BOEM Gulf of Mexico oil and gas sale restrictions face legal challenge

Written by Nick Blenkey
Gulf of Mexico oil platform

Image: BOEM

While the Bureau of Ocean Energy Management may be all in on offshore wind, that’s not the case with oil and gas. On August 23, BOEM announced plans to hold Gulf of Mexico Oil and Gas Lease Sale 261 on September 27. The Final Notice of Sale covered significantly reduced acreage than announced in the proposed notice of sale announced back in March (67 million acres as opposed to 73.4 million). It also placed severe restrictions on oil and gas vessel traffic.

On August 24, the American Petroleum Institute (API) joined with the State of Louisiana and Chevron U.S.A. Inc. in filing a challenge to BOEM’s Final Notice of Sale for Lease Sale 261.

“Today we’re taking steps to challenge the Department of the Interior’s unjustified actions to further restrict American energy access in the Gulf of Mexico,” said API senior vice president and general counsel Ryan Meyers. “Despite Congress’ clear intention in the Inflation Reduction Act, the Biden administration has announced a ‘lease sale in name only’ that removes approximately 6 million acres of the Gulf of Mexico from the sale and adds new and unjustified restrictions on oil and natural gas vessels operating in this area, ignoring all other vessel traffic. Together with the State of Louisiana and Chevron U.S.A. Inc., we intend to use every legal tool at our disposal to challenge these actions.”

In a backgrounder, API says:

For 45 years, the Interior Department has been required to prepare a five-year offshore leasing program that will best meet America’s energy needs for the ensuing five-year period, detailing a schedule for regular oil and natural gas lease sales, including in the Gulf of Mexico.

It has been more than one year since the Department of the Interior allowed the five-year program for federal offshore oil and natural gas leasing to lapse with no immediate replacement.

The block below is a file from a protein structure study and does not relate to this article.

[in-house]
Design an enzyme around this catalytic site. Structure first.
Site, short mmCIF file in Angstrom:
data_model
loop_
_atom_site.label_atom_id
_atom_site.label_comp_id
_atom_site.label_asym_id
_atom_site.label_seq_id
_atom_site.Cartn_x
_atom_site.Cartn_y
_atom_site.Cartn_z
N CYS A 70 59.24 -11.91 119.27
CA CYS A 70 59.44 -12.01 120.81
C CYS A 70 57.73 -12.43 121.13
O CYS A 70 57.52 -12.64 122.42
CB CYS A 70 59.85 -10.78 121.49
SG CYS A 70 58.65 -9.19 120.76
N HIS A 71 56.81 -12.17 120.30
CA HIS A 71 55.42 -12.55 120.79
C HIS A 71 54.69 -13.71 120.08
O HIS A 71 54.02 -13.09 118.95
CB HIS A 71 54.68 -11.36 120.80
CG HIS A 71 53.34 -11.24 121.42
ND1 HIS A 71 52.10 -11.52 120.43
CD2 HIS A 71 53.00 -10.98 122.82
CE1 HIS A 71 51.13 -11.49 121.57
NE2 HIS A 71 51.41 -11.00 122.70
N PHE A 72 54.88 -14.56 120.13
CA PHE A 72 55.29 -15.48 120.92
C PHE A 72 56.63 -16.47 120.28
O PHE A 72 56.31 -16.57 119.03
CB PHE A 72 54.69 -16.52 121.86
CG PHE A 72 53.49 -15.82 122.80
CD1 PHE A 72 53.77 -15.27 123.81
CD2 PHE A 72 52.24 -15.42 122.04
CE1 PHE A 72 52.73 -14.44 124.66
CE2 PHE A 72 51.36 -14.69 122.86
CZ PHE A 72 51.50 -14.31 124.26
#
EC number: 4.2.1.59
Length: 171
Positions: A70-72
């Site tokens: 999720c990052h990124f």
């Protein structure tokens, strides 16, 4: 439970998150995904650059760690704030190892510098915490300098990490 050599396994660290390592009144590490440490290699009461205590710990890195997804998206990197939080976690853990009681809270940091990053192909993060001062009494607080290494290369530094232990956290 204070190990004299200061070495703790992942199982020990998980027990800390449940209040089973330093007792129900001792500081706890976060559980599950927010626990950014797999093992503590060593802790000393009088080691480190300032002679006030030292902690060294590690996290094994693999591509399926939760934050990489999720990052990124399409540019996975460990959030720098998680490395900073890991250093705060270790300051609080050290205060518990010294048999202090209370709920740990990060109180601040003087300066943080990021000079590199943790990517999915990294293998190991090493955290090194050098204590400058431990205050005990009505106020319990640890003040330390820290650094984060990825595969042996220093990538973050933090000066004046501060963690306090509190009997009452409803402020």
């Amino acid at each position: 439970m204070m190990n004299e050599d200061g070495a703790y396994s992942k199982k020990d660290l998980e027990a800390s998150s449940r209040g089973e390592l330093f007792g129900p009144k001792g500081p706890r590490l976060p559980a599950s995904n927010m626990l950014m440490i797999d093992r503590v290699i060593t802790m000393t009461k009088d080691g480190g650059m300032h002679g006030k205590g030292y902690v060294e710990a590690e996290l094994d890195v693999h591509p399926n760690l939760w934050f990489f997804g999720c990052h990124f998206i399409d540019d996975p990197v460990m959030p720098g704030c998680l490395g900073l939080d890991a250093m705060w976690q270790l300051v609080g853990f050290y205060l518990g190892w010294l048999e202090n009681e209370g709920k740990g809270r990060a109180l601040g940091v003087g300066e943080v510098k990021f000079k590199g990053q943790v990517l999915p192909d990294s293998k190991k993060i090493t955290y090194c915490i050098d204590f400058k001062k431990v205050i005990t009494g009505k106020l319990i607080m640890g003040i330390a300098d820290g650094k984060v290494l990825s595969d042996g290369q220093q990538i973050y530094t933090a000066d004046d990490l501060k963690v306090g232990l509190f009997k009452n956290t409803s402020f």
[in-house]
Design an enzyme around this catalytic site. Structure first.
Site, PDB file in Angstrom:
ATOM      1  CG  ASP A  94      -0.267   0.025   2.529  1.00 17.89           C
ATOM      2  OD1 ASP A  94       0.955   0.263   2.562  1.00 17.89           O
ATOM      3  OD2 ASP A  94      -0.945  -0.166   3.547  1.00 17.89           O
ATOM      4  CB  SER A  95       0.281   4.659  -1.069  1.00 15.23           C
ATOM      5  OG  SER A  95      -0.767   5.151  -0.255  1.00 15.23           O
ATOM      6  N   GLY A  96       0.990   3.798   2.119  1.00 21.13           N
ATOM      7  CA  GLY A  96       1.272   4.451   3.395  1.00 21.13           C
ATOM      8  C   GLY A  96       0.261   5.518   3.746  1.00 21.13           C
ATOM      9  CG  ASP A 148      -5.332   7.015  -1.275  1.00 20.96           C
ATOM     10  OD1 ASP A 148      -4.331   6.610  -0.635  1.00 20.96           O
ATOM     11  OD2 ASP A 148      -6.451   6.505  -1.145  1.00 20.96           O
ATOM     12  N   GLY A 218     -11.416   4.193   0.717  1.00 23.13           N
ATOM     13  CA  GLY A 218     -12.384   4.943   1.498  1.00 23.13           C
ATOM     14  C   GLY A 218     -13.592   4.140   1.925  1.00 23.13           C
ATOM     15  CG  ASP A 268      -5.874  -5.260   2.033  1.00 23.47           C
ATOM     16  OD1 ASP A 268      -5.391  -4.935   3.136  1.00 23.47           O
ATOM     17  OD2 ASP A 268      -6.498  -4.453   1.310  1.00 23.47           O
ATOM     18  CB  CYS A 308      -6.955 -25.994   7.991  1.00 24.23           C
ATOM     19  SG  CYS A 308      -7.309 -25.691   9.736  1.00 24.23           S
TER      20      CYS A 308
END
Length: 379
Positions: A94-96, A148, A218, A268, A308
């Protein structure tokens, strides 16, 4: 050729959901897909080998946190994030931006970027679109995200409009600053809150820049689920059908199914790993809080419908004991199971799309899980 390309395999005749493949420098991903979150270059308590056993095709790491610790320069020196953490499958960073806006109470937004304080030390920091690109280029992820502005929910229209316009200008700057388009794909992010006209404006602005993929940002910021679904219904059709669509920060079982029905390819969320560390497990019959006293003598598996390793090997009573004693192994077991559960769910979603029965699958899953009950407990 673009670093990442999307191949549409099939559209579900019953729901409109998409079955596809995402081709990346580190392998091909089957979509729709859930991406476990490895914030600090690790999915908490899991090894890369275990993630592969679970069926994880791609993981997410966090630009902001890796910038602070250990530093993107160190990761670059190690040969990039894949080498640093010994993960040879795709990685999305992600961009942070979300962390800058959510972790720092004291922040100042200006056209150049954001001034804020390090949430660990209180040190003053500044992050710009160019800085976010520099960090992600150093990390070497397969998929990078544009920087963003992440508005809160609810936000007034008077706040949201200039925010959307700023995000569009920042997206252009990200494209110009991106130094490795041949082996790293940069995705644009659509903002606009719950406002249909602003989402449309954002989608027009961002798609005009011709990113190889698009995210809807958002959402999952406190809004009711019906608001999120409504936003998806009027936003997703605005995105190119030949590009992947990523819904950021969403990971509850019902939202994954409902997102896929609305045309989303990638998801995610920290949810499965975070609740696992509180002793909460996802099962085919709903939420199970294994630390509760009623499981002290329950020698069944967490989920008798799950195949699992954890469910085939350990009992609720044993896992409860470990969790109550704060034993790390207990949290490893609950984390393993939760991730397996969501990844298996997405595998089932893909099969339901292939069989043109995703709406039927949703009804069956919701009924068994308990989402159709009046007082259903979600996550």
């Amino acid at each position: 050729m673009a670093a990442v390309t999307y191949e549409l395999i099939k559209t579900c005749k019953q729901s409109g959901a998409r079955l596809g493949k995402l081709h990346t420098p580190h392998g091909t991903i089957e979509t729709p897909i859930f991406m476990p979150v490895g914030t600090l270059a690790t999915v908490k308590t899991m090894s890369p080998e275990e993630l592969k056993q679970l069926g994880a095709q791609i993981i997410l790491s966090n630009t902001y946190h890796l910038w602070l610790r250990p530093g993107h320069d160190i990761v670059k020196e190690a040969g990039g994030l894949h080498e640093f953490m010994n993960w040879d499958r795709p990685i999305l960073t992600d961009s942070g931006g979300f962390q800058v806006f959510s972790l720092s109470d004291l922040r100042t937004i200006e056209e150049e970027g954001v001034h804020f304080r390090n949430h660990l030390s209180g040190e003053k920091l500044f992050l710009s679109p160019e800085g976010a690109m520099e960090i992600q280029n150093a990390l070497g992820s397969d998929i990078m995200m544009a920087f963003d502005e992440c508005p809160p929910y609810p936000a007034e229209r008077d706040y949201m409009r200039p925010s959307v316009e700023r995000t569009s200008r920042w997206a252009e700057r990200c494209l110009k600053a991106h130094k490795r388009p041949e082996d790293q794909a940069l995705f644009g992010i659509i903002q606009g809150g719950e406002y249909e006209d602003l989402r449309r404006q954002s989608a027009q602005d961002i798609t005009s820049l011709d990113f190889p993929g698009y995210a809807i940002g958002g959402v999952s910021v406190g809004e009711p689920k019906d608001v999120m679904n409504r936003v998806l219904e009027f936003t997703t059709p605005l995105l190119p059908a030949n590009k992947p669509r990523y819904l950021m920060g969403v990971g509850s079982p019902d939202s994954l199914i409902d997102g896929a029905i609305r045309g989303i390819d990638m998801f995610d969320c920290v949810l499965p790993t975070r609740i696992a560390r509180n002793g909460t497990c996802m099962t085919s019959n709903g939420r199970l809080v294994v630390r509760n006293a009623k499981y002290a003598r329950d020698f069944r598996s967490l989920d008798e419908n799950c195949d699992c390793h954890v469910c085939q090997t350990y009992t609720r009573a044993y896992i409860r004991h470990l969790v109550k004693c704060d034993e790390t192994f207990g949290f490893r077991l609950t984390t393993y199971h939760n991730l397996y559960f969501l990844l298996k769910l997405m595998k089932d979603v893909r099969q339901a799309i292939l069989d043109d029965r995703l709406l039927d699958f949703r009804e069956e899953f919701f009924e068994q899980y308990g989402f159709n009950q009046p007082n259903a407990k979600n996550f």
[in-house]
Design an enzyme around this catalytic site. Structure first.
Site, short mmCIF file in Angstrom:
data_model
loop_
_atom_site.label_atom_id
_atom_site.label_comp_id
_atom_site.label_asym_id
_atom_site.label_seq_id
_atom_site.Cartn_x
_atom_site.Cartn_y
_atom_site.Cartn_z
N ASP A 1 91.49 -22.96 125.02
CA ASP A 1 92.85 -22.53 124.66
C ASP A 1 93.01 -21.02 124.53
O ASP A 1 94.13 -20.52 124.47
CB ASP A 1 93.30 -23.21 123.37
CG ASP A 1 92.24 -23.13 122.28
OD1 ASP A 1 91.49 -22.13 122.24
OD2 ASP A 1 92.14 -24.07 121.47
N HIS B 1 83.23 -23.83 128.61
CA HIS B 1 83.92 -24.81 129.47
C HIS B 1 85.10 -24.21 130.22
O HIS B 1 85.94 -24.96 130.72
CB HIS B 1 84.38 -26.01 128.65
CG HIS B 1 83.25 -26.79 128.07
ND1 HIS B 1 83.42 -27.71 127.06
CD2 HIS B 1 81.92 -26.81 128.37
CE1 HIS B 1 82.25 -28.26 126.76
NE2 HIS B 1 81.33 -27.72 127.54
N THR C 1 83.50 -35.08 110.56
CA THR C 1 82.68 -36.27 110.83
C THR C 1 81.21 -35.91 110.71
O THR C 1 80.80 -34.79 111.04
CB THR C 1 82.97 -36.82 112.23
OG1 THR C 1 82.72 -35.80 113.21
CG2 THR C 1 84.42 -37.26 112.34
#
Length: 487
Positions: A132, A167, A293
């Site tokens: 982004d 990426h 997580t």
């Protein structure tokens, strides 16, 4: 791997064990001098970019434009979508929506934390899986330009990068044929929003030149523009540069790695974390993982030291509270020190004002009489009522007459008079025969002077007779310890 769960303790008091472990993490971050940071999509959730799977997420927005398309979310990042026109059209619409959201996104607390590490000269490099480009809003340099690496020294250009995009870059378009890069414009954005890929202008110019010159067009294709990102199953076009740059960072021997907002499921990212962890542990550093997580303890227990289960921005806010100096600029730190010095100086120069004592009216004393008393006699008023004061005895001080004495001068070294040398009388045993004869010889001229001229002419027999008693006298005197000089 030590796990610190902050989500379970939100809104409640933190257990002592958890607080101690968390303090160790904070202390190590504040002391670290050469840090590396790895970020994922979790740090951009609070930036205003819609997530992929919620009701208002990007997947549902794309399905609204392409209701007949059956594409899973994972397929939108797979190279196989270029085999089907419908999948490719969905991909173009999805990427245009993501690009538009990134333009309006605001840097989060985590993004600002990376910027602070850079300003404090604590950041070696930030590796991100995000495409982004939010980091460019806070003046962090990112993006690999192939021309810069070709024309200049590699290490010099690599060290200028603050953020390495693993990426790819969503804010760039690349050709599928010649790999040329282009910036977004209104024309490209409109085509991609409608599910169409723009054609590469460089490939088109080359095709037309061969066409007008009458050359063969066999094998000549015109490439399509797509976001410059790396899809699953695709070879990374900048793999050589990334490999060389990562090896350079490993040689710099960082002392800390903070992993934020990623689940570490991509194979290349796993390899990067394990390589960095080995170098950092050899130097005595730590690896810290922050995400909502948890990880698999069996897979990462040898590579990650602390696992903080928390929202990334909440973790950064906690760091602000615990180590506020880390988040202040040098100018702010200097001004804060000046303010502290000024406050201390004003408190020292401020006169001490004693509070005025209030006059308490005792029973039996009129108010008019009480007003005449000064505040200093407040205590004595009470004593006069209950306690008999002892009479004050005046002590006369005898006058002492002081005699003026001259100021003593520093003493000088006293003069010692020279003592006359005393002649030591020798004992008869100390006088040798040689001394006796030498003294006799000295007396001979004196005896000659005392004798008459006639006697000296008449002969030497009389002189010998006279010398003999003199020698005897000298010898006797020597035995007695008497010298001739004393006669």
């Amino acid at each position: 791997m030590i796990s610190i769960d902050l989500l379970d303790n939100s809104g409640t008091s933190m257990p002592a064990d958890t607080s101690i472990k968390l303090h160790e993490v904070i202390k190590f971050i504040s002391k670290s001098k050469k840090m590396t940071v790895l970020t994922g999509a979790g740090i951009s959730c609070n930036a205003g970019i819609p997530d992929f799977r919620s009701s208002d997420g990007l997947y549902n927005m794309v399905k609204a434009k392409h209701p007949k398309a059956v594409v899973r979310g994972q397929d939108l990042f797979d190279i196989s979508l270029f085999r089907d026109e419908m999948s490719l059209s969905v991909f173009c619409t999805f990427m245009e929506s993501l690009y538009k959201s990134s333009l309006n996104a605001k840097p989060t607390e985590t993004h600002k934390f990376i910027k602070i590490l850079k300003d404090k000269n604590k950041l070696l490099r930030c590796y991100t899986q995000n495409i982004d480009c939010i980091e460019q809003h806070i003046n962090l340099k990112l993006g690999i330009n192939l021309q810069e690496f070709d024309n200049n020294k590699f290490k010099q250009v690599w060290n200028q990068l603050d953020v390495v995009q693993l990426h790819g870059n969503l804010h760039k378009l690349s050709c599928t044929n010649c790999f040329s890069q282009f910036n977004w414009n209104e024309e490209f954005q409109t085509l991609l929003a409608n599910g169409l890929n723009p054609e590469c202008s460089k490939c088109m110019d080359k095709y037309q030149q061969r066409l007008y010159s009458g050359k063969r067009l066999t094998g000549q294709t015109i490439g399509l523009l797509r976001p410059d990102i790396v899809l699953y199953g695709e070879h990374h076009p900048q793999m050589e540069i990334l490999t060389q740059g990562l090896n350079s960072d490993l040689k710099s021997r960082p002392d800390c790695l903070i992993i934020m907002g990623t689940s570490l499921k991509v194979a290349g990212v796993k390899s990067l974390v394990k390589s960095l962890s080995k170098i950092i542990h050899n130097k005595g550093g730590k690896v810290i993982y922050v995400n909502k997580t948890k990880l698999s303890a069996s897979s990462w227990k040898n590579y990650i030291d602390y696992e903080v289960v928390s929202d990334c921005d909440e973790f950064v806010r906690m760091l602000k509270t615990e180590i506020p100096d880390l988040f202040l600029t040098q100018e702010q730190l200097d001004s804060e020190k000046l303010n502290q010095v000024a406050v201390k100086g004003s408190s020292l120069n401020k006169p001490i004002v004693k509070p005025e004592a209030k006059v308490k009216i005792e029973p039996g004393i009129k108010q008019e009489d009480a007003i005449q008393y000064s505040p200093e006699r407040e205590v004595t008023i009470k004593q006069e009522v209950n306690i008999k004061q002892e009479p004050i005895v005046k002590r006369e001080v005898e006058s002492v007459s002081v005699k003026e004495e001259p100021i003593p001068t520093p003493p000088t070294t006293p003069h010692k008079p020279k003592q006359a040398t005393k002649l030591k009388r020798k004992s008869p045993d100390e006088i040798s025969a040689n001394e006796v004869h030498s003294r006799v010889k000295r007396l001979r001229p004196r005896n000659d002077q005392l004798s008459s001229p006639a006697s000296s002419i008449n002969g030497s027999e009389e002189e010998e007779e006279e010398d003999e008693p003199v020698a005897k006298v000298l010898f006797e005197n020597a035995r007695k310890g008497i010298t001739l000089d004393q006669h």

The U.S. Gulf of Mexico produces some of the lowest carbon intensity barrels in the world. Constrained production in this basin could be replaced by higher carbon intensity barrels from elsewhere in the world.
According to the U.S. EIA, Gulf of Mexico federal offshore oil production accounts for 15% of total U.S. crude oil production and federal offshore natural gas production in the Gulf accounts for 5% of total U.S. dry production.
Over 47% of total U.S. petroleum refining capacity is located along the Gulf coast, as well as 51% of total U.S. natural gas processing plant capacity.

An agreement announced last month [and condemned by API, the National Ocean Industries Association and the global  EnerGeo Alliance] proposed operating “recommendations” that would impose significant burdens on operators and increase emissions from vessels forced to operate at suboptimal speeds or idle outside the restriction areas.

Adopting the nighttime and low visibility restrictions could cut transit windows to approximately 50%– requiring industry to balance the government’s recommended practices against safely and efficiently servicing ongoing operations.

These restrictions would unfairly single out oil and gas traffic in an area that is one of the most used maritime areas in U.S. waters by a variety of industries. Thousands of vessels pass through this area every day.

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